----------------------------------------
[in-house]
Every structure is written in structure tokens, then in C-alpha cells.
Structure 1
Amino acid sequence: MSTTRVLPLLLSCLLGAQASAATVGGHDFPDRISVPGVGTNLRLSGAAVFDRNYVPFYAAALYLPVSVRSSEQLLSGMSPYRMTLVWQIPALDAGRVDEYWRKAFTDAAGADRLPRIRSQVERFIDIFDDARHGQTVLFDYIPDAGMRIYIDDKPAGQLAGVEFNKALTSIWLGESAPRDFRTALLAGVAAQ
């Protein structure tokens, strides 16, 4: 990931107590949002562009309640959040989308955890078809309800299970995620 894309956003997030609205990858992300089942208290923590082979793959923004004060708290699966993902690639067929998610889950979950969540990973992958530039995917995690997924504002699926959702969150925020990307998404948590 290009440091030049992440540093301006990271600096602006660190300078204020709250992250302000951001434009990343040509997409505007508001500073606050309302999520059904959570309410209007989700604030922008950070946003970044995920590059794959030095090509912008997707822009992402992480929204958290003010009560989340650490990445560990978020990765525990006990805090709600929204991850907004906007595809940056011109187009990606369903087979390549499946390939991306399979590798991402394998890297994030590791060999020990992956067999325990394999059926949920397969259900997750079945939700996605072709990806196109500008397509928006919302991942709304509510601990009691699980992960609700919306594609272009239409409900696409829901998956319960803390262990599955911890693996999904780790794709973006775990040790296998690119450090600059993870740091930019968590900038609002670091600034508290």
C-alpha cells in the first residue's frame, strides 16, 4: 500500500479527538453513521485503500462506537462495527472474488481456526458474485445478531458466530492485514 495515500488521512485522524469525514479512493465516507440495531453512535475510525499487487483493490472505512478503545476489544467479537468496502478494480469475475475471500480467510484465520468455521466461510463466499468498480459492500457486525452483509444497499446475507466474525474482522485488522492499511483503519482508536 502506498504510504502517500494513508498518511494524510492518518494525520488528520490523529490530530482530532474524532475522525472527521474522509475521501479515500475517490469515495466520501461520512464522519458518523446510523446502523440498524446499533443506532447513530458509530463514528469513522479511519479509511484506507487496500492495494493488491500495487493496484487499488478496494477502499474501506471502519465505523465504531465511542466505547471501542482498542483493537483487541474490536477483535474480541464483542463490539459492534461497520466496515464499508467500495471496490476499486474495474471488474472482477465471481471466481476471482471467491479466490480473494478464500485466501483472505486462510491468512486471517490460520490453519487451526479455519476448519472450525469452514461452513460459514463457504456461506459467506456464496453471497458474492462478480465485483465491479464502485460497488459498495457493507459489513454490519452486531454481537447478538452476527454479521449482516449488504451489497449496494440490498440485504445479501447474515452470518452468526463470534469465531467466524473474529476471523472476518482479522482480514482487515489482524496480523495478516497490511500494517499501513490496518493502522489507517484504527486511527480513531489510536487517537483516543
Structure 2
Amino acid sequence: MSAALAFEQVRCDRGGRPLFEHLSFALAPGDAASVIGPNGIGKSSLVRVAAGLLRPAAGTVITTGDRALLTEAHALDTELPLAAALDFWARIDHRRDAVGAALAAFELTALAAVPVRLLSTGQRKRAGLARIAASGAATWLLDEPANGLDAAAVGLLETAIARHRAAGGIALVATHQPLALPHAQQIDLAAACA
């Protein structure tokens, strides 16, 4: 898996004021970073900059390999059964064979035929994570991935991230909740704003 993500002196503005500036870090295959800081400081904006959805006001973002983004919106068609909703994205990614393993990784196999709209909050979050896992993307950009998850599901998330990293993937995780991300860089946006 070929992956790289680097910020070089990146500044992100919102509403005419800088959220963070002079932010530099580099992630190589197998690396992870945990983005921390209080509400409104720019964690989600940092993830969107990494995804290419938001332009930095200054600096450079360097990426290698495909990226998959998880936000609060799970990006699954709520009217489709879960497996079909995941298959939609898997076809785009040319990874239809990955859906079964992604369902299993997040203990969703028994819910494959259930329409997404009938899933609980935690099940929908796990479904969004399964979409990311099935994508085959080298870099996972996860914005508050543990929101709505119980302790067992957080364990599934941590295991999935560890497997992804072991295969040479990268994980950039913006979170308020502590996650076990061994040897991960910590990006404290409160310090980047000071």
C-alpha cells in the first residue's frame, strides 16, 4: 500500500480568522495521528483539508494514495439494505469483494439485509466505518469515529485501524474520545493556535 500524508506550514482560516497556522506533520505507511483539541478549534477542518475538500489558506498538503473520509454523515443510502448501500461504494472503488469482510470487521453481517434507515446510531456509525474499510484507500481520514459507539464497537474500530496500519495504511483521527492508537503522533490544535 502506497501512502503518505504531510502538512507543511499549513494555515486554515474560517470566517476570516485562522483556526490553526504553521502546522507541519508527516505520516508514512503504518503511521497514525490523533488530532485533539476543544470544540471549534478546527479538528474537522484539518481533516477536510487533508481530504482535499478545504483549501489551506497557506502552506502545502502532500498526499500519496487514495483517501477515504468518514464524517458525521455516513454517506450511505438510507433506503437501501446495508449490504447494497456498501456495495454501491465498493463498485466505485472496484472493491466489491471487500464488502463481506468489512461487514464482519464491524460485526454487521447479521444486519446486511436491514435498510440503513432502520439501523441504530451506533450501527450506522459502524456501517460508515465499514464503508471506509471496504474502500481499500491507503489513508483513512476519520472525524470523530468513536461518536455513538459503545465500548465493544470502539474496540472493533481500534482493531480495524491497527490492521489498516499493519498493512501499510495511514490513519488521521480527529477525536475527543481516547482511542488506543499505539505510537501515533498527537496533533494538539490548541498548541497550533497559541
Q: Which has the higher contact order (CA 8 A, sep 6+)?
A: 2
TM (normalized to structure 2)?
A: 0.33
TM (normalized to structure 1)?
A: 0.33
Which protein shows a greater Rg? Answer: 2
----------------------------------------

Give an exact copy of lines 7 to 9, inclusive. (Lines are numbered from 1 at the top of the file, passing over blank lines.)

Structure 2
Amino acid sequence: MSAALAFEQVRCDRGGRPLFEHLSFALAPGDAASVIGPNGIGKSSLVRVAAGLLRPAAGTVITTGDRALLTEAHALDTELPLAAALDFWARIDHRRDAVGAALAAFELTALAAVPVRLLSTGQRKRAGLARIAASGAATWLLDEPANGLDAAAVGLLETAIARHRAAGGIALVATHQPLALPHAQQIDLAAACA
């Protein structure tokens, strides 16, 4: 898996004021970073900059390999059964064979035929994570991935991230909740704003 993500002196503005500036870090295959800081400081904006959805006001973002983004919106068609909703994205990614393993990784196999709209909050979050896992993307950009998850599901998330990293993937995780991300860089946006 070929992956790289680097910020070089990146500044992100919102509403005419800088959220963070002079932010530099580099992630190589197998690396992870945990983005921390209080509400409104720019964690989600940092993830969107990494995804290419938001332009930095200054600096450079360097990426290698495909990226998959998880936000609060799970990006699954709520009217489709879960497996079909995941298959939609898997076809785009040319990874239809990955859906079964992604369902299993997040203990969703028994819910494959259930329409997404009938899933609980935690099940929908796990479904969004399964979409990311099935994508085959080298870099996972996860914005508050543990929101709505119980302790067992957080364990599934941590295991999935560890497997992804072991295969040479990268994980950039913006979170308020502590996650076990061994040897991960910590990006404290409160310090980047000071």